The first photographic technologies were invented and developed during the 1830s and 1840s. Among more than 56,000 available photographs in UBC Open Collections, many of our oldest photographs were taken in the early periods of photographic history.

 

1835: View of the Beaver (grounded) in Burrard Inlet, B. C.

You can find the oldest photographs we have in the UBC Library Framed Works Collection, which include two pictures of the Beaver, the first wooden paddle steamer on the Northwest Coast. The steamship started its sailing on May 2, 1835, near London, England and arrived at Vancouver on April 10, 1836. In 1888, the steamer was wrecked in the First Narrows in Vancouver Harbour.

 

[View of the Beaver (grounded) in Burrard Inlet, B. C.], [1835].

[View of the Beaver in Burrard Inlet, B.C.], [1835].

 

1854: Early timber cruisers beside their makeshift accommodation

MacMillan Bloedel Limited fonds contain the records of the MacMillan Bloedel Ltd and are housed in UBC Rare Books and Special Collections. The collection has more than 2,500 images documenting the history of the forestry company and its predecessors. The oldest pictures of the timber cruisers and makeshift accommodations were known to be taken in 1854, prior to when the original company, Powell River Power Company, was launched in 1909 by two entrepreneurs.

 

Early timber cruisers beside their makeshift accommodation, [1854?].

Early timber cruisers beside their makeshift accommodation, [1854?].

 

1859: Florence Nightingale

In the Florence Nightingale Letters Collection, you can find 188 letters written from and to Florence Nightingale (1820-1910) and 15 photographs relevant to her. Our oldest photographic portrait of her was taken in 1850s, before she started the first professional nurses training school, the Nightingale Training School (Florence Nightingale Faculty of Nursing & Midwifery at Kins College London) in 1860.

 

Florence Nightingale, [between 1850 to 1859].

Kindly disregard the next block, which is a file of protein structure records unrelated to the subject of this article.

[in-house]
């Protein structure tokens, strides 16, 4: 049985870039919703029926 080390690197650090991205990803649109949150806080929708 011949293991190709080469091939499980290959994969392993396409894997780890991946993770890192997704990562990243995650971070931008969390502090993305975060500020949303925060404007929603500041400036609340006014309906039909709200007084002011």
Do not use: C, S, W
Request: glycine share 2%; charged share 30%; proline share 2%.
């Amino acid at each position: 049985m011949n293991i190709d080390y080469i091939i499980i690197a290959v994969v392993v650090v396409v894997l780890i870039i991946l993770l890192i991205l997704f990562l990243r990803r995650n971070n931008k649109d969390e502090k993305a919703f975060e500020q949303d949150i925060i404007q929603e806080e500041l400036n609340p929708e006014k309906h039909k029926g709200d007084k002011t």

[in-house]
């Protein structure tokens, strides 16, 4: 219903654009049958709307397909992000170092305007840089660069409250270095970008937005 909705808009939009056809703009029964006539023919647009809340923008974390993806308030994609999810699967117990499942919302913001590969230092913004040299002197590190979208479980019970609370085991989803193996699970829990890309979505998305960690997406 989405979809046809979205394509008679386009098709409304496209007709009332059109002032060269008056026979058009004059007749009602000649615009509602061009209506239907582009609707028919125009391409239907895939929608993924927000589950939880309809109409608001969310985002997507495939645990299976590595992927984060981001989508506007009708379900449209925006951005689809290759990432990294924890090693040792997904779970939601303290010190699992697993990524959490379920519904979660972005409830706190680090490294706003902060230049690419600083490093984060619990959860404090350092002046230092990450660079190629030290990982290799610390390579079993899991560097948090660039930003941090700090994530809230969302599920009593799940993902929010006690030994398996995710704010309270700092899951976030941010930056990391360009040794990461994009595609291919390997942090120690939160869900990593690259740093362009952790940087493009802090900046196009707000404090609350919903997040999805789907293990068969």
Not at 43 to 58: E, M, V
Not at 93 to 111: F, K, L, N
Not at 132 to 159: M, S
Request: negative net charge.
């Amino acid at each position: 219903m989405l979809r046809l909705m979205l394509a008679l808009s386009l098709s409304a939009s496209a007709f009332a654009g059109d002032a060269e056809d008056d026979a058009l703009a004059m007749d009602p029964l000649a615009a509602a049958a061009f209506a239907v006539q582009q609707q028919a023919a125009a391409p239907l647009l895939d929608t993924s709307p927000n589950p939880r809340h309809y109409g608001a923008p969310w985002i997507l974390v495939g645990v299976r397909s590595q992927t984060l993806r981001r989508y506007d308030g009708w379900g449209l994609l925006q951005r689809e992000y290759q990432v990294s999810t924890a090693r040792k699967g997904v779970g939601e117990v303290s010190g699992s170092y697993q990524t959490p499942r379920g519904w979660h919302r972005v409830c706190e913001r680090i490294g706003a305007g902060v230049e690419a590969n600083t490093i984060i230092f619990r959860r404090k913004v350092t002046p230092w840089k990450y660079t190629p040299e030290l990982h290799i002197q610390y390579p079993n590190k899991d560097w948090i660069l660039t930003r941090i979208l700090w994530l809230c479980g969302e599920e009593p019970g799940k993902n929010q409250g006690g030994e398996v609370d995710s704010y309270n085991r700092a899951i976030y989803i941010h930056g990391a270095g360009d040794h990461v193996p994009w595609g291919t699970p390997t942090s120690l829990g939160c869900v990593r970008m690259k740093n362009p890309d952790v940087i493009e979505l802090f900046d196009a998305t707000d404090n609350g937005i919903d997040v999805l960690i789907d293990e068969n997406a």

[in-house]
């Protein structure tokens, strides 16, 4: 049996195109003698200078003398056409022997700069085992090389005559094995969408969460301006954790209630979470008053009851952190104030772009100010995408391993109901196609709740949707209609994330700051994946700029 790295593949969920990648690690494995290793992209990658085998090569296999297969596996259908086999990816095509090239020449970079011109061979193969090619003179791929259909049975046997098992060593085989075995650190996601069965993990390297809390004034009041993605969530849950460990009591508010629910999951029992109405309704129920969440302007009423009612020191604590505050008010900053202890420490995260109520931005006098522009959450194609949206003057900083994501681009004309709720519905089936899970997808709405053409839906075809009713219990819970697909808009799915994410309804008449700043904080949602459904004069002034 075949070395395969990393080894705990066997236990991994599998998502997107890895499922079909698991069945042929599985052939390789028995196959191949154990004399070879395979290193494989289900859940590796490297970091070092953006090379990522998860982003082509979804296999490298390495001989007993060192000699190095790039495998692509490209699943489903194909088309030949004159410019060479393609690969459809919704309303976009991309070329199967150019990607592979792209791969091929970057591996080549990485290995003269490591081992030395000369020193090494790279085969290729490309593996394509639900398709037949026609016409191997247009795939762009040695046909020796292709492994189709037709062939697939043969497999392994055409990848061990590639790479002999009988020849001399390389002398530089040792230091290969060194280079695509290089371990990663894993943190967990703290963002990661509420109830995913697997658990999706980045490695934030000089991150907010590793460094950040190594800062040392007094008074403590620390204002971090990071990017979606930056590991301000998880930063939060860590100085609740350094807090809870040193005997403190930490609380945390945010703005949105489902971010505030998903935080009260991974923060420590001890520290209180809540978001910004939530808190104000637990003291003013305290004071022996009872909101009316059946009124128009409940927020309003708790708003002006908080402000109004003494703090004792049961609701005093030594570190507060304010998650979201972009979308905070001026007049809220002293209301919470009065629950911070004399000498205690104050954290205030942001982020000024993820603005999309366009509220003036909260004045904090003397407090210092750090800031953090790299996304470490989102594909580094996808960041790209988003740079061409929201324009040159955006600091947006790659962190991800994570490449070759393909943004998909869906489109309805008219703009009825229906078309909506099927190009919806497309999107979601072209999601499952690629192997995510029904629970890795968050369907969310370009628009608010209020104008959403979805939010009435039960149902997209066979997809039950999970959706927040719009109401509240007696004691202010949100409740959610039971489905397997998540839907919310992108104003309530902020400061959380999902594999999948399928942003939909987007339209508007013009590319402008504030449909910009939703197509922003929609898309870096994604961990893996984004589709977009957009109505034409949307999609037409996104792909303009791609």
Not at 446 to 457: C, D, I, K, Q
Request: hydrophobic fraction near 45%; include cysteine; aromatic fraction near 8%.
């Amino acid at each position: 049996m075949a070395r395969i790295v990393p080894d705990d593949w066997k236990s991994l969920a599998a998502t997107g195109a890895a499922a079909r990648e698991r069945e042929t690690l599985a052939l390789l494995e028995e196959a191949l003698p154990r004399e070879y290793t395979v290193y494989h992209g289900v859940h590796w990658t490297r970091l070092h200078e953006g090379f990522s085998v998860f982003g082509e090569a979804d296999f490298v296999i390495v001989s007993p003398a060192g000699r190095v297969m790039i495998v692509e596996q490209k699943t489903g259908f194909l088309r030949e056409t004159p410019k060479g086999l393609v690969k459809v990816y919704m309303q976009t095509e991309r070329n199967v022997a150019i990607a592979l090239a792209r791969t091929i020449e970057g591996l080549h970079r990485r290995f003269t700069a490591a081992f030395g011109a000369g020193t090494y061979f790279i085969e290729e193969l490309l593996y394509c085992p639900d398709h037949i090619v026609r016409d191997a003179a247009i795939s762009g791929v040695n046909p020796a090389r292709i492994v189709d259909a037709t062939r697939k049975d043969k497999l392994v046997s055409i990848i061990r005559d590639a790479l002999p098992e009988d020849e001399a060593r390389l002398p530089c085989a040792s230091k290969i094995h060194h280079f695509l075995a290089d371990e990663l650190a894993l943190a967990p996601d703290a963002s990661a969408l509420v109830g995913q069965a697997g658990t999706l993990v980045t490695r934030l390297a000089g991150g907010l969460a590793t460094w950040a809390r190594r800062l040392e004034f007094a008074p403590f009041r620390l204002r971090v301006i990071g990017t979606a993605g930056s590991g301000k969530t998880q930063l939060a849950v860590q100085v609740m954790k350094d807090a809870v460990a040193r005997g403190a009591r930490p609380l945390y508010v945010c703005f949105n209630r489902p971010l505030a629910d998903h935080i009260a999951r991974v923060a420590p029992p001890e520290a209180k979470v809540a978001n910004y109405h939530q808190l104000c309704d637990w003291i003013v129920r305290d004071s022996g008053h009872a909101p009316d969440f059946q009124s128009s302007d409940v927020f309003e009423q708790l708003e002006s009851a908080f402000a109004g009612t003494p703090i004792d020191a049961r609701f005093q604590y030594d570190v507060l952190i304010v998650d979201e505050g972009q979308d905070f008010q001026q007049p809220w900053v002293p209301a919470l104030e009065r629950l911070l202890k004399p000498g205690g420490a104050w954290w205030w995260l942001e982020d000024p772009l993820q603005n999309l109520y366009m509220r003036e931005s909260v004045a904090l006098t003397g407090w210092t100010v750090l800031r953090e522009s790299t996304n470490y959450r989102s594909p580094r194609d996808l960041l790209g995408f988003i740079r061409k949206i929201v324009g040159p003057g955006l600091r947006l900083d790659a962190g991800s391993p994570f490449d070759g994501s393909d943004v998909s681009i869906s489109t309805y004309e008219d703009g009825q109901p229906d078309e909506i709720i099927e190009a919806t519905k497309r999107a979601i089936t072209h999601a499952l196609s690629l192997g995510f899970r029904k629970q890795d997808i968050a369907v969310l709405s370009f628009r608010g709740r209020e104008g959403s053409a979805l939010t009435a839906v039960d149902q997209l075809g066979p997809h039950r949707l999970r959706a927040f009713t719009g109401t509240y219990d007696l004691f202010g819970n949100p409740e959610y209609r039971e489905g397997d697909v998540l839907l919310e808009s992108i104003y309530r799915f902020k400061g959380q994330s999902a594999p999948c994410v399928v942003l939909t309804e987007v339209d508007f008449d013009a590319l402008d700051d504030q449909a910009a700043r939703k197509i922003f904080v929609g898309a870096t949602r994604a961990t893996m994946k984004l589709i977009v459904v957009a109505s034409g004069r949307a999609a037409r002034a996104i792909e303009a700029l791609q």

How can you find our oldest photographs in Open Collections?

If you would like to explore more vintage photographs, you can search them in Open Collections as follows:

1. Go to Open Collections (https://open.library.ubc.ca) and click a search button without any keywords.

2. Select “Photographs” in Genre.

3. Select “Sort oldest to newest”.

4. Filter by “Date Range” from 1835. (If you don’t set the date range, you will see the materials whose dates are unknown.)

 

References

See also

 

 

Now that the rainy season is finally ending, we’re ready to enjoy British Columbia’s beautiful beaches. For this post, we gathered together historic photos of B.C. beaches, from right here in the Lower Mainland to Powell River.

Starting locally, we found several photos of beaches at and near UBC in the UBC Archives Photograph collection. This photo of Wreck Beach from the 1980s shows the erosion of the Point Grey cliffs:

UBC 1.1/16555-8. Point Grey cliff erosion, aerial view, showing WWII searchlight tower and close-up of cliff-face, July 1983.

 

This photo of Jericho Beach from 1962 also shows the surrounding area, including West Point Grey and Kitsilano:

Holborne, Peter. UBC 1.1/3303. Aerial view of Jericho beach area, September 6, 1962.

 

Although the exact location of this photo within Vancouver is unknown, we love this beach attire from around 1900:

[Woman on a beach], [1900?].

 

These postcards show Kitsilano Beach in the early 20th century – check out the men’s suits in the first photo!

The Beach, Kitsilano, [between 1905 and 1915?].

Kitsilano Beach, Vancouver, Canada, [between 1910 and 1935?].

Kitsilano Beach and Swimming Pool, Vancouver, B.C., Canada, [between 1920 and 1930?].

 

We found several photos of English Bay and Second Beach, over by Stanley Park:

Timms, Philip T. A warm day at the beach, Vancouver B.C., [1906].

English Bay, Vancouver, B.C., [between 1930 and 1939?].

Bullen, Harry Elder. Stanley Park, Second Beach, [between 1910 and 1920?].

Second Beach, Stanley Park, Vancouver, B.C., [between 1920 and 1927?].

 

This photo shows several 1920s businesses near Crescent Beach in Surrey, including an ice cream parlor and a shop selling fish and chips:

Crescent Beach, B.C., [between 1920 and 1930?].

 

This postcard shows a bustling day at Boundary Bay, close to the Canada/U.S. border:

Boundary Bay, [between 1905 and 1915?].

 

In this postcard, swimmers and boaters enjoy the beach at Whytecliff Park in West Vancouver:

Whytecliff, B.C., [between 1920 and 1935?].

 

In Powell River, Willingdon Beach is a serene location for enjoying the beach and camping:

Powell River Studios. Willingdon Beach, 1947.

 

We hope you get the chance this season to visit the nearby beaches and other vacation spots around the province to enjoy what B.C. has to offer.

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